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Modeling of electric ship power systems bob hebner


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Modeling of electric ship power systems bob hebner

  1. 1. Modeling of Electric Ship Power Systems<br />A. Ouroua, B. Murphy, J. Herbst, and R. Hebner<br />University of Texas at Austin<br />
  2. 2. Power system option summary<br />Power Generation<br />Power Conditioning & Distribution<br />Power Conversion<br />Power Consumption<br />Fuel<br />AC or DC Transmission?<br />Motors<br />Loads<br />Transformers<br />Converters<br />Ship<br />Services<br /> Ship Services<br />Prime Movers<br />Generators<br /> M1<br />PWM<br />Induction<br />Pulse<br />Loads<br />Rectifier<br /> M2<br />Synchro<br />Synchro./Sep. Exc.<br />Propulsion<br /> M3<br />Cyclo<br />Synchro./PM<br /> Diesel Engine<br />Gear<br /> M4<br />G1<br />Variable Reluctance<br />Synchro./Sep. Exc.<br /> Direct<br /> Drive<br /> M5<br />G2<br /> Gas Turbine<br />Synchro./PM<br />Optional Energy Storage<br />Propeller<br />Super-conductive<br />G3<br /> M6<br />Super-conductive<br /> Nuclear<br /> Power Plant<br />Homo/hetero Polar<br />G4<br />Homo/hetero Polar<br />Podded Propulsion<br />Non-podded Propulsion<br />Fuel Cells<br />Motor + propeller<br />in single unit<br />Motor on board<br />
  3. 3. General system description leads to circuit model<br /><ul><li>Captures key components
  4. 4. Permits prediction of
  5. 5. Stability
  6. 6. Load flow
  7. 7. Transient responses
  8. 8. Switching surges</li></li></ul><li>Power generation<br />Power conditioning and distribution<br />Power conversion<br />Power consumption<br />Fuel<br />AC or DC transmission?<br />Motors<br />Loads<br />Ship<br />Services<br />Transformers<br />Converters<br /> Ship services<br />Prime movers<br />Generators<br /> M1<br />PWM<br />Induction<br />G1<br />Rectifier<br />Synchro./Sep. Exc.<br /> M2<br /> Diesel engine<br />Synchro<br />Synchro./Sep. Exc.<br />G2<br />Propulsion<br /> M3<br />Synchro./PM<br />Cyclo<br />Synchro./PM<br />Gas turbine<br />G3<br />Gear<br /> M4<br />Super-conductive<br />Variable Reluctance<br />G4<br />Direct<br /> drive<br />Optional Energy Storage<br /> M5<br />Homo/hetero polar<br /> Nuclear<br /> power plant<br />Propeller<br />Super-conductive<br /> M6<br />Homo/hetero polar<br />Fuel cells<br />Podded propulsion<br />Non-podded propulsion<br />Motor + propeller<br />in single unit<br />Motor on board<br />Sample component selection<br />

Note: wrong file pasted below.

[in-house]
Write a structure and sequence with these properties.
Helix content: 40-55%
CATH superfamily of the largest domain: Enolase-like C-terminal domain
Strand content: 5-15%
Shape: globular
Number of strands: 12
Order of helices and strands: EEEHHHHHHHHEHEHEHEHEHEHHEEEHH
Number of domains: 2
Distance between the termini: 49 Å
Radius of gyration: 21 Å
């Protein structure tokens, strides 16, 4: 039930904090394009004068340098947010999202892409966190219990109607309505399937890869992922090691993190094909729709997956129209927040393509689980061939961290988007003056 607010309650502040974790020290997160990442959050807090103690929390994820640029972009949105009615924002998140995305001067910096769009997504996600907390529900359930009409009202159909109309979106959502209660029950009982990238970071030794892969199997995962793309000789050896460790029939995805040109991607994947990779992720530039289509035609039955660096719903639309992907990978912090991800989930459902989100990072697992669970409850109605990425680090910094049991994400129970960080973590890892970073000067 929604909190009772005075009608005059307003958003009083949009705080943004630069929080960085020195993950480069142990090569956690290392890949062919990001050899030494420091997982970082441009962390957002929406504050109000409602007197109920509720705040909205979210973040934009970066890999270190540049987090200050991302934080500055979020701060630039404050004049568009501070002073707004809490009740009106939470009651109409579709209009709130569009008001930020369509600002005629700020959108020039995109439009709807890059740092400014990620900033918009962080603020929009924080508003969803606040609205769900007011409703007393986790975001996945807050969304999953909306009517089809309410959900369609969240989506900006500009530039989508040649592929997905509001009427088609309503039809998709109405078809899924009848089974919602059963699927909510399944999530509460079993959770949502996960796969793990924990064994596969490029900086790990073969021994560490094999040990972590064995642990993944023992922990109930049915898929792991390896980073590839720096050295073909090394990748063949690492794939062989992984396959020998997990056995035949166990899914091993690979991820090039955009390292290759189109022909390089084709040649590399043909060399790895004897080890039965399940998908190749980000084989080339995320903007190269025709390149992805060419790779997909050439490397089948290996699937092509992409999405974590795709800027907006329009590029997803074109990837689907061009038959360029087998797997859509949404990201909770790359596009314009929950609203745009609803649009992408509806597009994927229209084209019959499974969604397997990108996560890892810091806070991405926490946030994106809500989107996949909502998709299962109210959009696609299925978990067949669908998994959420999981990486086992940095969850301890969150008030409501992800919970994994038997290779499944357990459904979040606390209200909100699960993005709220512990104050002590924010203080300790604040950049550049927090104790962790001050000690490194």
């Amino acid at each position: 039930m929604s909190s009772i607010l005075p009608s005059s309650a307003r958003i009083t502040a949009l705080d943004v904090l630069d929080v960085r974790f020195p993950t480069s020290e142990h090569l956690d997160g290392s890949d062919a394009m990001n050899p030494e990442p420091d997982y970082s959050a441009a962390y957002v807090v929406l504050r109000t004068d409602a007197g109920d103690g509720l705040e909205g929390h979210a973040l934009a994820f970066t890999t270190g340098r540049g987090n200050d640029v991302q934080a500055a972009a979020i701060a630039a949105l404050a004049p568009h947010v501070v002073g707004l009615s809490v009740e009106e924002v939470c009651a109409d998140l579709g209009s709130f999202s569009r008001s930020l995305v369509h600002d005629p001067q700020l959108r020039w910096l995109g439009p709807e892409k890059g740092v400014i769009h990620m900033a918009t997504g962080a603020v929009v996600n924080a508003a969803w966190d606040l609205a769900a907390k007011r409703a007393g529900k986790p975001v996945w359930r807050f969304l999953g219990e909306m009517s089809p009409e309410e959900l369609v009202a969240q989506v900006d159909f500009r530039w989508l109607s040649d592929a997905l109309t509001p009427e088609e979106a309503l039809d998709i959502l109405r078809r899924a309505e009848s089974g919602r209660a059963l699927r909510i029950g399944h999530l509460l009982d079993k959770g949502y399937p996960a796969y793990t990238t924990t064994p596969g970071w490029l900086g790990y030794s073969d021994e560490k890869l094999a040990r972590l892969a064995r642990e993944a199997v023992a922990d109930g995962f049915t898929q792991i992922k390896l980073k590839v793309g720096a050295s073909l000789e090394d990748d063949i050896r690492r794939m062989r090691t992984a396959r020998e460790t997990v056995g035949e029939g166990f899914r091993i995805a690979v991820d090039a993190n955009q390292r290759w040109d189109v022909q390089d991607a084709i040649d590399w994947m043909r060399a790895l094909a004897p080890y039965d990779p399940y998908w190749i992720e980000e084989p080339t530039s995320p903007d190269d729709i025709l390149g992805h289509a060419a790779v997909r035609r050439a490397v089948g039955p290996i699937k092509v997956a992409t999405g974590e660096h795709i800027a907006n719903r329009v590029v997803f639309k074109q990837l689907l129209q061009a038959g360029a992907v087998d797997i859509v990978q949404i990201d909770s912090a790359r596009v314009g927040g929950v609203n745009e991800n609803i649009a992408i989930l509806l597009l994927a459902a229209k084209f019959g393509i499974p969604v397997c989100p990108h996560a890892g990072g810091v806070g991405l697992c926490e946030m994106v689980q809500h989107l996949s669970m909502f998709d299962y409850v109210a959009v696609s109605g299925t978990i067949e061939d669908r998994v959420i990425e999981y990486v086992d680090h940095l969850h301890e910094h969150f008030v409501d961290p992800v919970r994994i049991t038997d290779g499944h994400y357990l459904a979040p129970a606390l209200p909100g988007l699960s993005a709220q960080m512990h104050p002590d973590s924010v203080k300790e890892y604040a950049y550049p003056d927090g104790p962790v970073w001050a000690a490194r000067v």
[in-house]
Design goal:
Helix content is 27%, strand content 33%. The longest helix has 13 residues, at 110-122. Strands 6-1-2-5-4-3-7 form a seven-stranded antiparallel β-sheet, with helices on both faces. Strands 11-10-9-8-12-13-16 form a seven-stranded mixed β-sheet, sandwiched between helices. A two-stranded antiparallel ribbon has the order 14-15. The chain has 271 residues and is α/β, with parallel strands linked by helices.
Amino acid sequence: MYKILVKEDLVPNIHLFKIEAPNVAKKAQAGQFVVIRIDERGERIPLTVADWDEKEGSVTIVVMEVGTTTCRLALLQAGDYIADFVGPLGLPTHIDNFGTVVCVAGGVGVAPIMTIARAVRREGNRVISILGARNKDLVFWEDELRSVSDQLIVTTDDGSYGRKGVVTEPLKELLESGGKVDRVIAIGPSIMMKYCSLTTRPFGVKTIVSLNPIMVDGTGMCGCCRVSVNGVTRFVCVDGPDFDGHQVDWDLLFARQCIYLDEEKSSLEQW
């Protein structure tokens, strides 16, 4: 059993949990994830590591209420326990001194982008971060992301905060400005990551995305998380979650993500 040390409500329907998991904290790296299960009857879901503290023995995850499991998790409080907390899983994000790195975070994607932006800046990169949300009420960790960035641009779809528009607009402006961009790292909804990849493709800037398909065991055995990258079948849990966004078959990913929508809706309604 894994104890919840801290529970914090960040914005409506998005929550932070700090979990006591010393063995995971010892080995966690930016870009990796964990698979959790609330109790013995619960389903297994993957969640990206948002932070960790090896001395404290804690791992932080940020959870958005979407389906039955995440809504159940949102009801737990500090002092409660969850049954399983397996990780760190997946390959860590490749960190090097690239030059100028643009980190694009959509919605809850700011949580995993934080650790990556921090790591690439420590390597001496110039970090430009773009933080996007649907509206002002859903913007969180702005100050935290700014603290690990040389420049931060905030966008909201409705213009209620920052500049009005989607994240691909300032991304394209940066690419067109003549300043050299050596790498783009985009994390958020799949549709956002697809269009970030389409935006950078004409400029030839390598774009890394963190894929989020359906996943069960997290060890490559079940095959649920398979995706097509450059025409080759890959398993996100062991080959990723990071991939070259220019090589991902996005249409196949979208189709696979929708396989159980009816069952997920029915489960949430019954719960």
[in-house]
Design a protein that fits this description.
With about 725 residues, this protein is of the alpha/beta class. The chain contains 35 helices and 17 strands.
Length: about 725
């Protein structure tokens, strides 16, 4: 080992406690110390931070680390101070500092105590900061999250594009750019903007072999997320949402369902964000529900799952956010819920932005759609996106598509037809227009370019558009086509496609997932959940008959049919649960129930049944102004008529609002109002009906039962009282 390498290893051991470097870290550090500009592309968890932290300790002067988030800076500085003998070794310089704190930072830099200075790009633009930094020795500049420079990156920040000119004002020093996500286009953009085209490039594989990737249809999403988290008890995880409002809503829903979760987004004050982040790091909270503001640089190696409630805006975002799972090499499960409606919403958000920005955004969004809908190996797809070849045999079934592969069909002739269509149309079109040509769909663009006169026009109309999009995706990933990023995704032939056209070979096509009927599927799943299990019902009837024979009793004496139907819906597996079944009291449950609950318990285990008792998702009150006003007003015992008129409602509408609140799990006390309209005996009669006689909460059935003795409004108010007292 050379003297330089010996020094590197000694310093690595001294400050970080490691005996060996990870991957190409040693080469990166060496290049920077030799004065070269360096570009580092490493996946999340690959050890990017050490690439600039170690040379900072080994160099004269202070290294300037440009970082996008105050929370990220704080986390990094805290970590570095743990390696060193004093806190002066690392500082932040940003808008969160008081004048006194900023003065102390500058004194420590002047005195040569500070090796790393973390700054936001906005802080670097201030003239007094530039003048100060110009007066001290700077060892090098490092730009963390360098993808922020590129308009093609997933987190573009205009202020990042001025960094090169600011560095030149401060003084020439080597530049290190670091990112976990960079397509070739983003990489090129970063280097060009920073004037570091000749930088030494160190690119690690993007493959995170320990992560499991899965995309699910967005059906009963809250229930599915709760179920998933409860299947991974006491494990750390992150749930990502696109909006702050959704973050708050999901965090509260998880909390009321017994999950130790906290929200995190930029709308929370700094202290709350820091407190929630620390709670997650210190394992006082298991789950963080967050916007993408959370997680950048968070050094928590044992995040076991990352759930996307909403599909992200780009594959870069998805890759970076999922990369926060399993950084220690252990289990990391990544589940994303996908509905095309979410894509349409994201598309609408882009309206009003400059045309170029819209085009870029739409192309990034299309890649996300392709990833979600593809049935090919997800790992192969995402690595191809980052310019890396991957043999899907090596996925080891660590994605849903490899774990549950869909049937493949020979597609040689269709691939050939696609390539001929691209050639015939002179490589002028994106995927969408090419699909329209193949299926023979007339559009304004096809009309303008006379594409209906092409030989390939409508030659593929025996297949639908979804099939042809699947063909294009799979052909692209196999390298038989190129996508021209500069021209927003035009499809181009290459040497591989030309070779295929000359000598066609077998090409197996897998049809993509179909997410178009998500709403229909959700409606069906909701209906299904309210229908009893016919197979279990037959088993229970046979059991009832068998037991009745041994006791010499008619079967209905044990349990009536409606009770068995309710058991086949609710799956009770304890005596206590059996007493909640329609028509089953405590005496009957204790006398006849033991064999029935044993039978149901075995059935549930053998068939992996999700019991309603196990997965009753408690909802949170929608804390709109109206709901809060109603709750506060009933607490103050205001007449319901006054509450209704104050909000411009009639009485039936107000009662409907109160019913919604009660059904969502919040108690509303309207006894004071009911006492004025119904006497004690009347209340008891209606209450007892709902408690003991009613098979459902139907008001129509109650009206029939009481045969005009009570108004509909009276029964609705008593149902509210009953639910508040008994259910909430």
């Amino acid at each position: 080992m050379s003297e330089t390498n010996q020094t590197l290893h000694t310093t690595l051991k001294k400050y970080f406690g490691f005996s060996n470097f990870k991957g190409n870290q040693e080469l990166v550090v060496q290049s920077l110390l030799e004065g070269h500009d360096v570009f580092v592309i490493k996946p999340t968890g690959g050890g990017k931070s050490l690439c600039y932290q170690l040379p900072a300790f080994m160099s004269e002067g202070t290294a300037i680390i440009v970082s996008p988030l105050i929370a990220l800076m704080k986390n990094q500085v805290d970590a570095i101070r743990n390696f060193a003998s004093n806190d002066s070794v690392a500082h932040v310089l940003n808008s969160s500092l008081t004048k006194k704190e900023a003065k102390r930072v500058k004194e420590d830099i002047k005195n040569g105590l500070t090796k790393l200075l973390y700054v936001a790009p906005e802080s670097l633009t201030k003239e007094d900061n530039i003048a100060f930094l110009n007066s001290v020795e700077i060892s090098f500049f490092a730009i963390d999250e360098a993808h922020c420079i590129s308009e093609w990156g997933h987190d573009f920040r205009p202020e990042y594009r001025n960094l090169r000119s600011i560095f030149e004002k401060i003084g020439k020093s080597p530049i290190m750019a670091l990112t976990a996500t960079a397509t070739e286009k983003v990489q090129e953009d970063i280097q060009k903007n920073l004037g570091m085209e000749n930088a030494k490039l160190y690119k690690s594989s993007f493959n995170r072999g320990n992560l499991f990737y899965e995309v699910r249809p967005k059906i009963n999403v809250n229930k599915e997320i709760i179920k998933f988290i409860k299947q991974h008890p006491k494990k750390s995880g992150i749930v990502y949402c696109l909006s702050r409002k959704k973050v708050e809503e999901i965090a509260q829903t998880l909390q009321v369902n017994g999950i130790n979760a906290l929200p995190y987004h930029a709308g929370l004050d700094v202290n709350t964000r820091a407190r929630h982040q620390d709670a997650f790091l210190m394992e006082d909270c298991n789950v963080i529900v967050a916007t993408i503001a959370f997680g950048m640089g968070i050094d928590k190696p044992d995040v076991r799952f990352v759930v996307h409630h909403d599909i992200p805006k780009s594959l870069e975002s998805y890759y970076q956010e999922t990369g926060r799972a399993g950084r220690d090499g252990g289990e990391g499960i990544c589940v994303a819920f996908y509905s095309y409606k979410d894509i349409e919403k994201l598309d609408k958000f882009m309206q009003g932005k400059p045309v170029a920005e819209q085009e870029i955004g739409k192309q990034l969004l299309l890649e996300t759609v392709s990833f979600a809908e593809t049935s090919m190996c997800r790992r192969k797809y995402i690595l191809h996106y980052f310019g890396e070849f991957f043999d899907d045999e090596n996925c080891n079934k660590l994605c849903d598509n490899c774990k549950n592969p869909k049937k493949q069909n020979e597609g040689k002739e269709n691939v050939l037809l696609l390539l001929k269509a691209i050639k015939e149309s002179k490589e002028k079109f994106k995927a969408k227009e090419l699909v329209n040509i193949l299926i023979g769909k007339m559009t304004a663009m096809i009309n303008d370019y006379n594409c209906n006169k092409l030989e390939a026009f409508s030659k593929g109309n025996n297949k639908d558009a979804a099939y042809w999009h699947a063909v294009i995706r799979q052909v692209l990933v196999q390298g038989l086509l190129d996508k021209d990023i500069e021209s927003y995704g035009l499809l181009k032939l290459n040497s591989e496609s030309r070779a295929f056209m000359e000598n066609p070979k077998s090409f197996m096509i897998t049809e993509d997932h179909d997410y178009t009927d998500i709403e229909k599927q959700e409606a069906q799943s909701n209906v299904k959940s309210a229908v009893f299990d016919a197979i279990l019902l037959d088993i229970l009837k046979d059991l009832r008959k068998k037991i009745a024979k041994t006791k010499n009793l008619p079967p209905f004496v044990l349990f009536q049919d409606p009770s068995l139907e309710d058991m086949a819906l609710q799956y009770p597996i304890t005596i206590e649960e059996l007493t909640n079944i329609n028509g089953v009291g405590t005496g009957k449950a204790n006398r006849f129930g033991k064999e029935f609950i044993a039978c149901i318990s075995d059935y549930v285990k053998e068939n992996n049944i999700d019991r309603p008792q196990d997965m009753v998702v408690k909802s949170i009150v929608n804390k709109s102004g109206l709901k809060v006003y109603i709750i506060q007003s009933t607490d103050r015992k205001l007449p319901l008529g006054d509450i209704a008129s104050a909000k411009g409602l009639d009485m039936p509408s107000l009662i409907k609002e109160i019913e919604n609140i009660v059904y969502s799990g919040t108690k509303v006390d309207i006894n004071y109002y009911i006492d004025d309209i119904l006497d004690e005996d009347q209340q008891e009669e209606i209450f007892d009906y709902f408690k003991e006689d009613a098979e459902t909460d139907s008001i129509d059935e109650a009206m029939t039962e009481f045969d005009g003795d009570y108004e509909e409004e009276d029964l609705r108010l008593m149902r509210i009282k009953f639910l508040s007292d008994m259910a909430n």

9. 9. System model<br />Pulsed loads<br />Simulink, ACSL, VTB<br />
  10. 10. Non-circuit behaviors can also be critical and must be modeled separately<br />Morton Effect<br /><ul><li> Thermo-hydrodynamic effect
  11. 11. Positive feedback between</li></ul> shaft temperature<br /> distribution and vibration<br /><ul><li> Noise
  12. 12. Bearing failure
  13. 13. Machine failure</li></li></ul><li>DC test grid<br /><ul><li>Entire Grid
  14. 14. About 0.5 MW
  15. 15. Upper Half
  16. 16. About 1 MW</li></li></ul><li>Focus of dc test grid<br /><ul><li> Response to transients
  17. 17. Ground faults
  18. 18. Series faults
  19. 19. Step load changes
  20. 20. Response of particular interest
  21. 21. Surge generation due to stray inductance and filter capacitance
  22. 22. Transient circuit representation of faults
  23. 23. Transient circuit representation of capacitors
  24. 24. Power transients exceeding steady-state source ratings
  25. 25. Interest due to surge effects
  26. 26. Insulation
  27. 27. Power electronics</li></li></ul><li>Fault study approach<br />Complete<br /><ul><li> Physics-based model of breakdown
  28. 28. Pre-breakdown
  29. 29. Post-breakdown
  30. 30. Develop equivalent circuit from physics-based model